Around 26,000 years ago, the ice sheets comprising the Earth’s arctic regions reached their maximum extension, reaching as far south as Germany. This period is appropriately known as the Last Glacial Maximum, and it occurred at around the same time early humans were beginning to explore the arctic regions.
By Daniel Oberhaus|MOTHERBOARD
Our picture of early human movement in the arctic region before the Last Glacial Maximum is hazy at best—strikingly little evidence exists to indicate our ancestors were ever there.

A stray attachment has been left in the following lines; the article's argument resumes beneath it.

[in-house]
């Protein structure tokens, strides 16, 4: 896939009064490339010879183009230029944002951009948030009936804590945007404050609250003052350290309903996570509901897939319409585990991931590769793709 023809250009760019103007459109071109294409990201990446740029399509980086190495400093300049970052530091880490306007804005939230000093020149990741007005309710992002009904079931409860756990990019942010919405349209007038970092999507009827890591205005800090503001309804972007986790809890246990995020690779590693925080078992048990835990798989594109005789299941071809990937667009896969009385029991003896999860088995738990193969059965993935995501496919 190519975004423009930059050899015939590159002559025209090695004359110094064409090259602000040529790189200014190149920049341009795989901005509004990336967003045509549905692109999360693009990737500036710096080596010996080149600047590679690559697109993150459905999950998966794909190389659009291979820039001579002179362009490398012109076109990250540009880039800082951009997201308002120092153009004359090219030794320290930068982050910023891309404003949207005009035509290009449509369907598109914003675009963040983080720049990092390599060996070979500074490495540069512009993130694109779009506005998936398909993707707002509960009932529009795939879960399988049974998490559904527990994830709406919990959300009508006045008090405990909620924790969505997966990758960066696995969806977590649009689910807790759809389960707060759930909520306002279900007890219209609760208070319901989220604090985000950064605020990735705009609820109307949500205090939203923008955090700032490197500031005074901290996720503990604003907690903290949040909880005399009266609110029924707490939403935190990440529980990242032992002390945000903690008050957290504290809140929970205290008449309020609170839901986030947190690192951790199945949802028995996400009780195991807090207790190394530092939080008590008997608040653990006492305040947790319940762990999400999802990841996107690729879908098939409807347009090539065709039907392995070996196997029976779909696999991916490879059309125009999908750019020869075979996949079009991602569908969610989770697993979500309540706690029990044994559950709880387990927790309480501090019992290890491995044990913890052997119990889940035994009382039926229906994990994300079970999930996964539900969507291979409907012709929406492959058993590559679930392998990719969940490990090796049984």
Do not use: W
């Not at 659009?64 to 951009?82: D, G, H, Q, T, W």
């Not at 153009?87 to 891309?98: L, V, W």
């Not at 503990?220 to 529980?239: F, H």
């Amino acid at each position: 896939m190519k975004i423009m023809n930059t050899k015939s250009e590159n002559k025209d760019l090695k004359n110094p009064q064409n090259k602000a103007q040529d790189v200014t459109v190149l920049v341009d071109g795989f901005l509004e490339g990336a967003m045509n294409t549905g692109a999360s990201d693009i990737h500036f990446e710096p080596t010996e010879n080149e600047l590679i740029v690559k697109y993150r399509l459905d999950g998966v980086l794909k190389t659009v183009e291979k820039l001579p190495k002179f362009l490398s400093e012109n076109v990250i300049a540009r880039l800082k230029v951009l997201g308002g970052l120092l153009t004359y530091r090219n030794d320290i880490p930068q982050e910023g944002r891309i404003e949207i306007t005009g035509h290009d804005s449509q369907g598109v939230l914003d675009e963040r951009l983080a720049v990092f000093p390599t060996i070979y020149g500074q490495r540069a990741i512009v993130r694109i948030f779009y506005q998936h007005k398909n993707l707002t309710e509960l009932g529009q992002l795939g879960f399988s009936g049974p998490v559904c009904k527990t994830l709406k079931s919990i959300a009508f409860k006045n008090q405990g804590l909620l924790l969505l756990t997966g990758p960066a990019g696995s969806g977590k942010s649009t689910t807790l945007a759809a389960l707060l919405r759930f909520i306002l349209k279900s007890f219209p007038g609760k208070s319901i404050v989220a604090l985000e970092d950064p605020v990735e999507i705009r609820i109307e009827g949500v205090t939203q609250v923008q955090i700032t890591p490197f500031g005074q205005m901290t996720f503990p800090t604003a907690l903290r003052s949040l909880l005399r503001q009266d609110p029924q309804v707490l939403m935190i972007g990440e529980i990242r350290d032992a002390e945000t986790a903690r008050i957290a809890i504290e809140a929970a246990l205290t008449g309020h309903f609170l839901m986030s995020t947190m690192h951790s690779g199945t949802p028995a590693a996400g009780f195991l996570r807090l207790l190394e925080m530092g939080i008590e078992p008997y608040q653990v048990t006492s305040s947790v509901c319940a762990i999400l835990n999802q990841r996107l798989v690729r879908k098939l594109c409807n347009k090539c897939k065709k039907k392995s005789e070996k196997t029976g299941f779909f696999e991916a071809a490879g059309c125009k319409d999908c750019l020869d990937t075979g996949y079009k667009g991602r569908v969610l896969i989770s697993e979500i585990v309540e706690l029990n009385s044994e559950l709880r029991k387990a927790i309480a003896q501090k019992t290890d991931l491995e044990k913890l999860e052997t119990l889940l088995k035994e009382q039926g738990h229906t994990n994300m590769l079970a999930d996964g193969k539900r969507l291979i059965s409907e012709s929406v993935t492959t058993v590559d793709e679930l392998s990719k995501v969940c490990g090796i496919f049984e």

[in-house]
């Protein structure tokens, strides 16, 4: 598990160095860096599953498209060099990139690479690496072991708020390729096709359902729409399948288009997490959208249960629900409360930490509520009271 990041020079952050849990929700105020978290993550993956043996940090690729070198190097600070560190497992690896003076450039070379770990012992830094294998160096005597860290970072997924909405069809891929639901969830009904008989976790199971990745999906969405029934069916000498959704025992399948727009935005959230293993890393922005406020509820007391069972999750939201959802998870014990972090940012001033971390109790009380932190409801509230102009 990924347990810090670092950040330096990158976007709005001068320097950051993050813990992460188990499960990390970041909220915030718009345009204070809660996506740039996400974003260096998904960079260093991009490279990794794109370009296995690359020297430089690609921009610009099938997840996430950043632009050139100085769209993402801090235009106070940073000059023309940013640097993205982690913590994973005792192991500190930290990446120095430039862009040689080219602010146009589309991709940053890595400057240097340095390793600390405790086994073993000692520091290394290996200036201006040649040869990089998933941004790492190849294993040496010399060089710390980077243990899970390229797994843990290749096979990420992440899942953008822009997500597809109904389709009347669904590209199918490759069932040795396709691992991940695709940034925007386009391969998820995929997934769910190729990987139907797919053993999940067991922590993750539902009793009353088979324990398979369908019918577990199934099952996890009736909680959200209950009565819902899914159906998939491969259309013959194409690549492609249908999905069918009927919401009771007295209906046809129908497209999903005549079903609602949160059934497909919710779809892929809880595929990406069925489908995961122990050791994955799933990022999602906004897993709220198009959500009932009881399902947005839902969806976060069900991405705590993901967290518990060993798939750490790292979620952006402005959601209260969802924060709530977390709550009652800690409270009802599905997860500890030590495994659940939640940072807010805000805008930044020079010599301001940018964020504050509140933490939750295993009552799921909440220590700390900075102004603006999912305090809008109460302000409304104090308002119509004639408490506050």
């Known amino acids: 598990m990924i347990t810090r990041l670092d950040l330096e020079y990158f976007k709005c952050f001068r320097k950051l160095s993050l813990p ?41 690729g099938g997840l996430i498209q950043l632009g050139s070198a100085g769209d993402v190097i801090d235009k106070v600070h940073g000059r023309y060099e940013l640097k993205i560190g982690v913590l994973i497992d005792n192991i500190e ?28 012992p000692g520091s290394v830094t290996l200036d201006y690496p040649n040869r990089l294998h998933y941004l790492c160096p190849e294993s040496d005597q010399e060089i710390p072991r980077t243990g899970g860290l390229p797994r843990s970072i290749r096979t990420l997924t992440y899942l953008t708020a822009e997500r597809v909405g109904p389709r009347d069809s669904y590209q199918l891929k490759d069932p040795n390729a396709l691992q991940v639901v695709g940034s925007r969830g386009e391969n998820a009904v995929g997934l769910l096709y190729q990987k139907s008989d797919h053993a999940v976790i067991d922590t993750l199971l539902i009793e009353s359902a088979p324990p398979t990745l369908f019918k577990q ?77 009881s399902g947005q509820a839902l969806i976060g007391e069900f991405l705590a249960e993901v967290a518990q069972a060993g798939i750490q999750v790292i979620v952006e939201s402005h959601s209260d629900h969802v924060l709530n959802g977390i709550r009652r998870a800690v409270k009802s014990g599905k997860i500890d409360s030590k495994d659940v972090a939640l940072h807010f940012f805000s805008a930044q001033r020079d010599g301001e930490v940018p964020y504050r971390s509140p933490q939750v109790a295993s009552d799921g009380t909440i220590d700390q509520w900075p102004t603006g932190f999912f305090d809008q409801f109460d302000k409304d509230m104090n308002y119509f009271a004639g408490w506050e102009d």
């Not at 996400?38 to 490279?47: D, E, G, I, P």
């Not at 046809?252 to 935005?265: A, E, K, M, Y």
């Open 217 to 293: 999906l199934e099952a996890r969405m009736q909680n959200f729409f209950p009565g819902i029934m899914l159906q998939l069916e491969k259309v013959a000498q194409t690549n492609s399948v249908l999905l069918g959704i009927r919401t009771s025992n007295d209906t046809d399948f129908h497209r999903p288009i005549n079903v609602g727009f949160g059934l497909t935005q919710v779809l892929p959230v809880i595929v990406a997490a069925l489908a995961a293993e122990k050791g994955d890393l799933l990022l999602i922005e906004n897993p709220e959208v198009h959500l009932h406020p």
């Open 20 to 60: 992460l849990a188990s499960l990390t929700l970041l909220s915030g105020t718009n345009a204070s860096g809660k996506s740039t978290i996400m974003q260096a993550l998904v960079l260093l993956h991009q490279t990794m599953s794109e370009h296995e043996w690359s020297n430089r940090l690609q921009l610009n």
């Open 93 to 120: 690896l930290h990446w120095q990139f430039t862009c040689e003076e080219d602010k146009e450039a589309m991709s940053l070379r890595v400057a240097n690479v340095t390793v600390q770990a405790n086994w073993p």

A handful of discoveries in the last two decades have shown that contrary to popular belief, humans were in fact present in the arctic prior to the Last Glacial Maximum. There were some artifacts found at the Arctic Circle dating to 40,000 years and some traces of human activity a bit further north which dated to 28,000 years ago, but outside of this meager evidence, archaeologists had little else to go on to indicate how early the first humans had actually arrived in the Arctic and how far north they had traveled. Recently, a team led by archaeologists from the Russian Academy of Sciences discovered a 45,000 year old woolly mammoth carcass which bears the telltale marks of death by humans, suggesting that our ancestors could have arrived far north of the Arctic Circle about 15,000 years earlier than previously thought.